By definition of CT, each CT is assigned either a Bandwidth
   Constraint, or a set of Bandwidth Constraints.

   We refer to the Bandwidth Constraints as BCb, 0 <= b <= MaxBC-1



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         Requirements for Diff-Serv-aware Traffic Engineering Sep 2002

   Different models of Bandwidth Constraints are conceivable for
   control of the CTs.

   For example, a model with one separate Bandwidth Constraint per CT
   could be defined. This model is defined by:
   - MaxBC= MaxCT
   - All LSPs supporting Traffic Trunks from CTc use no more than BCc

   For illustration purposes, on a link of 100 unit of bandwidth where
   three CTs are used, the network administrator might then configure
   BC0=30, BC1= 50, BC2=20 such that:
   - All LSPs supporting Traffic Trunks from CT0 use no more than 30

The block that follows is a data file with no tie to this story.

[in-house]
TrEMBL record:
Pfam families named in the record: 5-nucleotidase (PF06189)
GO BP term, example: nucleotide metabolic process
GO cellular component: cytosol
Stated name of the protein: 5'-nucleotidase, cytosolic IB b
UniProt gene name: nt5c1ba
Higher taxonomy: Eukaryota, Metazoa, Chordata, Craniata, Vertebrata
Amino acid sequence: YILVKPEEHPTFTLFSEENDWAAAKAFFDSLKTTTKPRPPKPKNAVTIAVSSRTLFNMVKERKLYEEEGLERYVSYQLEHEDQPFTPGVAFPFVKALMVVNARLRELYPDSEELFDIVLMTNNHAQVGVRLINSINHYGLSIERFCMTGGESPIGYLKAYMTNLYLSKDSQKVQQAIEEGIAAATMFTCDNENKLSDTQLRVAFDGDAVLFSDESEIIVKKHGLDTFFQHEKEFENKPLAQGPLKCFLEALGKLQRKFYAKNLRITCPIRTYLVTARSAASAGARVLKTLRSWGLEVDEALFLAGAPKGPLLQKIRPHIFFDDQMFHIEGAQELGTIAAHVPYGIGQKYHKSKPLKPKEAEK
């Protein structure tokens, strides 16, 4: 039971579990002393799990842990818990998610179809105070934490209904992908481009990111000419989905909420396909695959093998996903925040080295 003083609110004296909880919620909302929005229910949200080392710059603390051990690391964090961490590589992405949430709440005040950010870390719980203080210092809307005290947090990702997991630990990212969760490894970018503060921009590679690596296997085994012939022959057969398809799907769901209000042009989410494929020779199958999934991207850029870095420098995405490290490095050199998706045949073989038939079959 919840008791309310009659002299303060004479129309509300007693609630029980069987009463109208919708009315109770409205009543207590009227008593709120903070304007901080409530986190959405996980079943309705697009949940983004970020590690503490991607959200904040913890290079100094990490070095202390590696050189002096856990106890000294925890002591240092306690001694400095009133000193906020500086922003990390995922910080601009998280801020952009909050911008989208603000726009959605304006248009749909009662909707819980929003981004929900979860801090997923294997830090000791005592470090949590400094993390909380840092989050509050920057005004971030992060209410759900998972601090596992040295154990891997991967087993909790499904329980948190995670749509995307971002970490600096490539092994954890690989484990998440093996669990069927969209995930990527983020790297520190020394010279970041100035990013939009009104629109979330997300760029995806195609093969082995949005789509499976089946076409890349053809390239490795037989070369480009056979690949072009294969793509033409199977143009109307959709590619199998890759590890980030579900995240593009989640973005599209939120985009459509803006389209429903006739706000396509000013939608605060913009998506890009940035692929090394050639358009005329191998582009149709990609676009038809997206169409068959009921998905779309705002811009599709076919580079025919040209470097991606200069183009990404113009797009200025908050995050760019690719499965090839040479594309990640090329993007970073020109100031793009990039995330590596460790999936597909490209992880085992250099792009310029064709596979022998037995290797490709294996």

(e.g. Voice <= 30)
   - All LSPs supporting Traffic Trunks from CT1 use no more than 50
     (e.g. Premium Data <= 50)
   - All LSPs supporting Traffic Trunks from CT2 use no more than 20
     (e.g. Best Effort <= 20)

   As another example, a "Russian Doll" model of Bandwidth Constraints
   may be defined whereby:
   - MaxBC= MaxCT
   - All LSPs supporting Traffic Trunks from CTc (with b<=c<=7) use no
     more than BCb

   For illustration purposes, on a link of 100 units of bandwidth where
   three CTs are used, the network administrator might then configure
   BC0=100, BC1= 80, BC2=60 such that:
   - All LSPs supporting Traffic Trunks from CT2 use no more than 60
     (e.g. Voice <= 60)
   - All LSPs supporting Traffic Trunks from CT1 or CT2 use no more
     than 80 (e.g. Voice + Premium Data <= 80)
   - All LSPs supporting Traffic Trunks from CT0 or CT1 or CT2 use no
     more than 100 (e.g. Voice + Premium Data + Best Effort <= 100).